Interview: Caitlin Dolkart, Co-Founder and Managing Director, Flare

Building emergency services in a year of uncertainty

We spoke to Caitlin Dolkart to reflect on her journey to bring access to emergency services to Kenya, and how the past year has shaped Flare. Caitlin is the Co-Founder and Managing Director of Flare, a VSQ Conscious Collective portfolio company

From Left to Right: Maria Rabinovich (Co-Founder and Managing Director of Flare), Caitlin Dolkart (Co-Founder and Managing Director of Flare). Photo Credits: Flare

Please introduce yourself and tell us about your journey leading up to building Flare

My name is Caitlin and I am a sister, daughter, partner, friend, co-founder and entrepreneur. Based in Nairobi, Kenya for much of the last 10 years, I grew up in Chicago, Illinois. At 25, I left a good gig in management consulting, to explore the world of public health and joined the Clinton Foundation. I spent years traveling and working with governments across Africa to save lives from malaria by ensuring access to effective and affordable treatment. After going back and forth for years between the US and Africa, and even permanently moving back for a stint to go to MIT and get my MBA, I decided to put down roots in Nairobi.  In 2016, I decided to launch and build Flare with my co-captain Maria. What started as an adventure has remained an adventure, and throughout it all - whether it be consulting for major hospitals in the US or governments in Africa - access has always been at the center of my work. 

When we started, Maria and I tested a few ideas over several months all centered on improving access (ask us about Health Cloud!), but we ultimately and universally agreed to build Flare. We made this choice because it was simple and felt like the elephant in the room when we talk about how to improve healthcare and access:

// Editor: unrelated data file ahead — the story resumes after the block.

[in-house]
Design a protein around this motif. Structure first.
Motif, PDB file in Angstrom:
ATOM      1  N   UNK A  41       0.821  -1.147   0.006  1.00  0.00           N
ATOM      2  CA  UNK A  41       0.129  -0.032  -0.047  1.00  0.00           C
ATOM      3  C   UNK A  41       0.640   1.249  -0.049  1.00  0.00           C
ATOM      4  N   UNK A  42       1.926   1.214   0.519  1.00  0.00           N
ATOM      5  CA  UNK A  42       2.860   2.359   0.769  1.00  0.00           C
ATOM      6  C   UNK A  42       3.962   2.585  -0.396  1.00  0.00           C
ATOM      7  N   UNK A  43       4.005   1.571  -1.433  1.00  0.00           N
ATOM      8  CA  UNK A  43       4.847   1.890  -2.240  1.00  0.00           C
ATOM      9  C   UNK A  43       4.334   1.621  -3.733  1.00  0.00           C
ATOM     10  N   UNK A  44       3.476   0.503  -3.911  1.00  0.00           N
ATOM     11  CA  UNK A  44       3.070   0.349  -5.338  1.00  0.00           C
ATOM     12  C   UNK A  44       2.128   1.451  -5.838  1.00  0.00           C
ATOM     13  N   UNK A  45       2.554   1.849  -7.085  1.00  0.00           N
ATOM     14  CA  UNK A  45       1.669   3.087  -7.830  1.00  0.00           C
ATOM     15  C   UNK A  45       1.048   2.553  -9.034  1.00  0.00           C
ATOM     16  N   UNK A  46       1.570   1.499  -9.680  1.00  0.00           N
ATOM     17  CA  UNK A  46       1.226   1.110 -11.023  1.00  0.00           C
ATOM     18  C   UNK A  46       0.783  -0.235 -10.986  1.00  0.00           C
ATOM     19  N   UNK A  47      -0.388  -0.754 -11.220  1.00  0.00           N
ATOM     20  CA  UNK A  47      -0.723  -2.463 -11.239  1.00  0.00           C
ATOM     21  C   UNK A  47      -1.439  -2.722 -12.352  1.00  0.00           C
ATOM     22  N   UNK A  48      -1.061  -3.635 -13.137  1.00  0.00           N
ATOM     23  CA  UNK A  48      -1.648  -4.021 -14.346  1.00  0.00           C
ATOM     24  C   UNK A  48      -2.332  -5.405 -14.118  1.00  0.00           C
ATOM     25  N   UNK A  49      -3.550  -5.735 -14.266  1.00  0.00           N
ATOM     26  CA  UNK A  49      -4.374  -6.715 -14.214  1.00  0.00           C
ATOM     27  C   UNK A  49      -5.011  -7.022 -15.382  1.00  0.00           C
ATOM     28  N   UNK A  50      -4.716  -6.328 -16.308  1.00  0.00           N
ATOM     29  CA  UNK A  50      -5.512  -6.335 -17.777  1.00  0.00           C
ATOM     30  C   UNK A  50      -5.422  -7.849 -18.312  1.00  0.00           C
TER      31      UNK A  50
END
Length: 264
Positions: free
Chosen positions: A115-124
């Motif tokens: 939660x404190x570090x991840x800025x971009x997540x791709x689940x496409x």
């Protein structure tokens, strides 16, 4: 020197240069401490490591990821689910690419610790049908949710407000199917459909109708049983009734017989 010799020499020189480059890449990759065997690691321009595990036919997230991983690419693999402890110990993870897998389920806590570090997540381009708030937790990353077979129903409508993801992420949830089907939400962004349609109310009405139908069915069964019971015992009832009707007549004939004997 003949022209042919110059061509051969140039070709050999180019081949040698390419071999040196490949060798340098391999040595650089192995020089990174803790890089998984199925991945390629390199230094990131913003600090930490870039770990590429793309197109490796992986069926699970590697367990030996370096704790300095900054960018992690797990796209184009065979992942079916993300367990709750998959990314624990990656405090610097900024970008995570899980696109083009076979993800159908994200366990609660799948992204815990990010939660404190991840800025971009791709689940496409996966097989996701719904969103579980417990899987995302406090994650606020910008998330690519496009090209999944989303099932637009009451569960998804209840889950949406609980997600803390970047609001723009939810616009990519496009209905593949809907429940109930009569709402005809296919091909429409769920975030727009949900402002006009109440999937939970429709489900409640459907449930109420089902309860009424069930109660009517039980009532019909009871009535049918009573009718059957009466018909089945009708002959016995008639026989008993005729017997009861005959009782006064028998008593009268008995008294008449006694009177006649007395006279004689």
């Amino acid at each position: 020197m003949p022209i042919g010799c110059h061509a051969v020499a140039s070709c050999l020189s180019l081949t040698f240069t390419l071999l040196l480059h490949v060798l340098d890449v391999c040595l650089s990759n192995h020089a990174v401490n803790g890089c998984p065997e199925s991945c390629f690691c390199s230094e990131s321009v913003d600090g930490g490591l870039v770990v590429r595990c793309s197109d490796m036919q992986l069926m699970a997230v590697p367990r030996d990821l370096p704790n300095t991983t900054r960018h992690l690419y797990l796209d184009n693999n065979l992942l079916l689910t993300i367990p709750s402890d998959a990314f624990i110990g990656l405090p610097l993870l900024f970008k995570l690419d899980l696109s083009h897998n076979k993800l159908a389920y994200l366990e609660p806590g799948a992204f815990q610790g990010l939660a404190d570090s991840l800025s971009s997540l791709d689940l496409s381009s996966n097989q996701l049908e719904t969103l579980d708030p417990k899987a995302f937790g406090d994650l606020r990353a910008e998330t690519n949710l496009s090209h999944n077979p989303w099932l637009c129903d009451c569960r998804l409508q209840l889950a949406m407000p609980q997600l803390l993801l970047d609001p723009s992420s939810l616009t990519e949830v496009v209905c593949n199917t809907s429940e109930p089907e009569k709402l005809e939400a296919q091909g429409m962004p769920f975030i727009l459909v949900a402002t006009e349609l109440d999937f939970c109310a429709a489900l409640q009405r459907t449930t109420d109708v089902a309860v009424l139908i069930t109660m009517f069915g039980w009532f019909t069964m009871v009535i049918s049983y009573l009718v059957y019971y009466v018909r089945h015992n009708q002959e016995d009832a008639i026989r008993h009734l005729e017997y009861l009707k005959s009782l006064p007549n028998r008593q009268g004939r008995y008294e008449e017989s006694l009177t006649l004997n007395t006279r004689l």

1. The majority of the world lives in a country without 911 and it is quite an urgent problem, literally

  2. The technology developed and deployed in the US and Europe (where 911 exists) is from the 1970s

  3. In absence of a 911, there are hundreds of ambulances in Kenya (and tens of thousands across the continent) that remain underutilized yet available

It’s been a year since the world went into a global lockdown, how are you coping with the current situation?

It’s been a wild and unexpected year. Operating in emergency response, we are hyper prepared at a company level and always have backup plans. On a personal level, I feel just the opposite. All my travels and time to reconnect with friends and family were put on hold and triaged out of 2020. There were no backup plans in my personal life, and I think that’s ok.  Above all, I feel lucky - we built Flare at the right time and in the right place to play an important role in a pandemic, and while my personal life took a backseat, I couldn’t be prouder of what we’ve built and how our team muscled through the year.  For that, I’m coping just fine!

How did you recalibrate your operations amidst the pandemic breakout?

In the early days of March 2020, when the first case arrived in Kenya, we prepared and prepared again. We ensured our ambulance teams were equipped with PPE, buying in bulk from China and re-distributing to bring down the cost. We overnight created curricula to train them on proper disinfection techniques and how to put on / take off PPE. We developed new dispatch protocols. We re-mapped key services like Oxygen availability and ICU beds, and modeled what our fate would look like several months later.